For the past decade or so, when the New Year begins the students of Oregon State University are typically looking ahead to the start of baseball season. They could be anticipating how the team will respond after a rare miss on a postseason play a year ago. Or, Beaver fans are just ready to watch one of the school’s elite athletic teams compete–even as basketball is already in full swing.
Baseball has the National Titles, trips to Omaha, and sustained success. Head Coach Pat Casey consistently fields teams capable of winning the Pac-12 and competing at the national level. In contrast, the OSU basketball team went through nearly 30 years of being irrelevant in the national spotlight. It’s no surprise, then, that even in the middle of hoops season, OSU fans are asking the question: “Is it baseball season yet?”
While it seemed that the rest of the world was ready for 2017, the Oregon State men’s basketball team probably wishes the calendar had never flipped. In 2016 they looked like the team that would finally break the 26-year drought of not reaching the NCAA tournament. They eventually broke through and entered the tournament, only to lose their first game to Virginia Commonwealth University, 75-68–in large part due to the play of their ballyhooed freshman class of Tres Tinkle, Stephen Thompson Jr., Drew Eubanks and Derrick Bruce. In 2016, few people were asking when baseball season started. In 2017, they are (season opener is on Feb. 17, if you did not already know). With 13 losses and only four wins in the first two weeks of conference play, OSU basketball is heading in the wrong direction following last season’s trip to the NCAA tournament.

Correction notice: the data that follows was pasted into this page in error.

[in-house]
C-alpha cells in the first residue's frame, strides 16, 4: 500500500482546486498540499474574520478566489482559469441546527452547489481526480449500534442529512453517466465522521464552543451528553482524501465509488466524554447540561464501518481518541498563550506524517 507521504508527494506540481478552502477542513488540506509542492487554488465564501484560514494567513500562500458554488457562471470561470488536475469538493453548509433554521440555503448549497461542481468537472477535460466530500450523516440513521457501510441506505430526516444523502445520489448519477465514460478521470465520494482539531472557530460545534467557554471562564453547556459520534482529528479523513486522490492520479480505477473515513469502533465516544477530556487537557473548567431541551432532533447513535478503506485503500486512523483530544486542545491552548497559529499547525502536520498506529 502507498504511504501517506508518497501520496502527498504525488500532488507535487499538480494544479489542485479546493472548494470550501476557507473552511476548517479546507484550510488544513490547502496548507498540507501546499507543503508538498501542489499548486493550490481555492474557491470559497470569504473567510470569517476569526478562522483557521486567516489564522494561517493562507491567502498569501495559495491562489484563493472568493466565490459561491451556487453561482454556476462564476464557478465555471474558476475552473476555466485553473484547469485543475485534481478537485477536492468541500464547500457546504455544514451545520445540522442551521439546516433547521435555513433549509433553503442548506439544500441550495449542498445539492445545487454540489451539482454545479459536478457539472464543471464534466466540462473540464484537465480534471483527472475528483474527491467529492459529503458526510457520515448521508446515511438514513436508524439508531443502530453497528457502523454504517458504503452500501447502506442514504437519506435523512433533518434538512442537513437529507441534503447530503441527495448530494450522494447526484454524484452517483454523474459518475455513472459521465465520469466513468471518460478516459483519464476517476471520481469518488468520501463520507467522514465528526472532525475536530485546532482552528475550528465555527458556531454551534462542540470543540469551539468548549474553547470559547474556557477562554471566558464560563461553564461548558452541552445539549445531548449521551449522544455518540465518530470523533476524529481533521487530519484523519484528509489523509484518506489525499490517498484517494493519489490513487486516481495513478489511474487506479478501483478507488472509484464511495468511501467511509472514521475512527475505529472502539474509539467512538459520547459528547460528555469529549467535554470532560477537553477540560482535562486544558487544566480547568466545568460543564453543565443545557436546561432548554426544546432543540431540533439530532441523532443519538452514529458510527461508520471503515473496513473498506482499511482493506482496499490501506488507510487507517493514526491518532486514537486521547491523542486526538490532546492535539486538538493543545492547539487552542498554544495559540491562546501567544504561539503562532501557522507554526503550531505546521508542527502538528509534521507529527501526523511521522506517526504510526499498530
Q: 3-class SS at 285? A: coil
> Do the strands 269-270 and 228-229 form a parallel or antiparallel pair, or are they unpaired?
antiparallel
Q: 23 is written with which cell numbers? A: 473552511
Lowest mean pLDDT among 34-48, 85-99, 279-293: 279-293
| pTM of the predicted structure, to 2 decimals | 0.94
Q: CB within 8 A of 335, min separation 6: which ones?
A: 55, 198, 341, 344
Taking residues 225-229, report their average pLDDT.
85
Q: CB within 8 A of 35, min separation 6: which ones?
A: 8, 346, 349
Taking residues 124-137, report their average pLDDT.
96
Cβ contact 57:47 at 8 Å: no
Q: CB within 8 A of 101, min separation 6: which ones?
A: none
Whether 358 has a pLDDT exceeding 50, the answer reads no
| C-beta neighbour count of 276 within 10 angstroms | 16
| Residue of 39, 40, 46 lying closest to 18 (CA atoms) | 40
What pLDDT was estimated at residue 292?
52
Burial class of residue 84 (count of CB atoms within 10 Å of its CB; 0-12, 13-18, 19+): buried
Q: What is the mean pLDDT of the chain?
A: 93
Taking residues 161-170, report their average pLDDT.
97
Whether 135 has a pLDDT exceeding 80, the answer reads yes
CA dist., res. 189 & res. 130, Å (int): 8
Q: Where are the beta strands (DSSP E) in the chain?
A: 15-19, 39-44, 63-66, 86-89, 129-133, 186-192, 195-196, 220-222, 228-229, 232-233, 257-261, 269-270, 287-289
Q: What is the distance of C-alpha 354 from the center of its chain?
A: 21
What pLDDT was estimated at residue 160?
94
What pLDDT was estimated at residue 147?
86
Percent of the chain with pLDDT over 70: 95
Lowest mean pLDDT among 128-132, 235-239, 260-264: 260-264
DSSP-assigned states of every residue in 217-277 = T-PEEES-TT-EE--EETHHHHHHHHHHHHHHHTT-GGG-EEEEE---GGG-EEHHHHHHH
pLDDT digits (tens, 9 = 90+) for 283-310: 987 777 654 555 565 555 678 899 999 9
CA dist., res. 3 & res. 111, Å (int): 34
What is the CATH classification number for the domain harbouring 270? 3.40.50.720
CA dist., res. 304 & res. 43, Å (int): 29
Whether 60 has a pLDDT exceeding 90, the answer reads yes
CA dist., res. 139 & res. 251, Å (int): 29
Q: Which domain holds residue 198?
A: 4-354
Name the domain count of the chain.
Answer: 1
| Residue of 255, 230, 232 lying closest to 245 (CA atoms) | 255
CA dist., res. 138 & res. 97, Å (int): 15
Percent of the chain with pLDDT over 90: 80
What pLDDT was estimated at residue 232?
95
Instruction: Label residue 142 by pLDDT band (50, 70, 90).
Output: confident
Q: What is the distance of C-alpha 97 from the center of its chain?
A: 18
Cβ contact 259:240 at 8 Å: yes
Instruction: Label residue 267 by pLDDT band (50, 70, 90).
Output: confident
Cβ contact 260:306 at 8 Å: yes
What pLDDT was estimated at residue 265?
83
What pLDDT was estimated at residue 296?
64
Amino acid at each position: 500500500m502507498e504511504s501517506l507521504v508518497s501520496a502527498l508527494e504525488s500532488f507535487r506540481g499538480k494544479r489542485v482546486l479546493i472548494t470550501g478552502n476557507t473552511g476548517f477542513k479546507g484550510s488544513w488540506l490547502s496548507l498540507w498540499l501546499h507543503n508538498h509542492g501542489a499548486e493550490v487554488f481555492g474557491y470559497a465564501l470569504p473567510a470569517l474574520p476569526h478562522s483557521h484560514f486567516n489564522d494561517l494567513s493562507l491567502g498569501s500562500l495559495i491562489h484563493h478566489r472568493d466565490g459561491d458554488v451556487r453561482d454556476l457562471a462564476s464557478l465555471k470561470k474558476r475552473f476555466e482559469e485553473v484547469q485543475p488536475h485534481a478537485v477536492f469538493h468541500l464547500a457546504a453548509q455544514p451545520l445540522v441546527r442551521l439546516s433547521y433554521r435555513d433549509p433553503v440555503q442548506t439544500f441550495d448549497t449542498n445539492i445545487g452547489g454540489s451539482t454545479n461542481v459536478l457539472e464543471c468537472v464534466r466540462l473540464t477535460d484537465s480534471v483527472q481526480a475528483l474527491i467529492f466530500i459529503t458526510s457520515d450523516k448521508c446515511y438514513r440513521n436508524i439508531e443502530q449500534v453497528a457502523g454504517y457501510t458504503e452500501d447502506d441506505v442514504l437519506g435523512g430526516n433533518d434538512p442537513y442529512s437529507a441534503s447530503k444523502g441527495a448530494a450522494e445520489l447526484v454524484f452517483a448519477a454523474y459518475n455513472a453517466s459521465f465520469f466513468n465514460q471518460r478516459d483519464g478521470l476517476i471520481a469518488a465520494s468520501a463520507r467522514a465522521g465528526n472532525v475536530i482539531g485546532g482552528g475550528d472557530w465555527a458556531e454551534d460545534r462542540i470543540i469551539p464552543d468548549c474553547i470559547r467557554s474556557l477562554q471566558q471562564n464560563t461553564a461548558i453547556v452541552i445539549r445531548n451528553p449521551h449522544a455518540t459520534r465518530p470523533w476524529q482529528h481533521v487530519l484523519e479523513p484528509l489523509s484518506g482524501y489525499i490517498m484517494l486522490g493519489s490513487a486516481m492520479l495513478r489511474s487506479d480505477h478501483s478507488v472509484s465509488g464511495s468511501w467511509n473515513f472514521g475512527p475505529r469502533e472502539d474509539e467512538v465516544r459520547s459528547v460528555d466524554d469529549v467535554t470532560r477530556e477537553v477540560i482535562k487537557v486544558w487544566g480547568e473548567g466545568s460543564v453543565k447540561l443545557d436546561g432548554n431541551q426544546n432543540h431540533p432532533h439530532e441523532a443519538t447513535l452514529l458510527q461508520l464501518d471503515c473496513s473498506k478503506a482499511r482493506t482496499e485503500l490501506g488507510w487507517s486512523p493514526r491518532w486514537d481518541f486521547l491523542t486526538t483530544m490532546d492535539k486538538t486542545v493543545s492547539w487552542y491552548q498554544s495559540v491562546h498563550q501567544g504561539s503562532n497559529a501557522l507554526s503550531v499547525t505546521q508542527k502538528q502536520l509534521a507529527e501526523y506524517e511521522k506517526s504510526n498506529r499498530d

To add to the mounting losses, the Beavers aren’t doing what worked during the two years spent under head coach Wayne Tinkle. They aren’t winning ugly, and they aren’t winning at home.
In Gill Coliseum they had one of the best home court advantages in the Pac-12 during Tinkle’s two seasons, when they only lost a total of five home games (two in 2015 and three in 2016). This year OSU has already suffered seven home losses, and unless Tinkle and Co. find a way to win four of their next seven home games, they will finish with the first losing season at Gill since the 2007-08 season when Jay John’s squad went winless in conference play. What explains the sudden fall from grace?
First off, it’s a very young team whose leadership is relying solely on the now-sophomore class of Tinkle, Thompson Jr. and Eubanks, having replaced nearly half of the team and not having the necessary talent or experience to replace the players that left. Tinkle is the team’s best player this year, in fact, one could make the argument that he became the team’s best player late last year before he suffered a foot injury that kept him out of the Pac-12 and NCAA tournament play, as well as sidelining him for the majority of the offseason.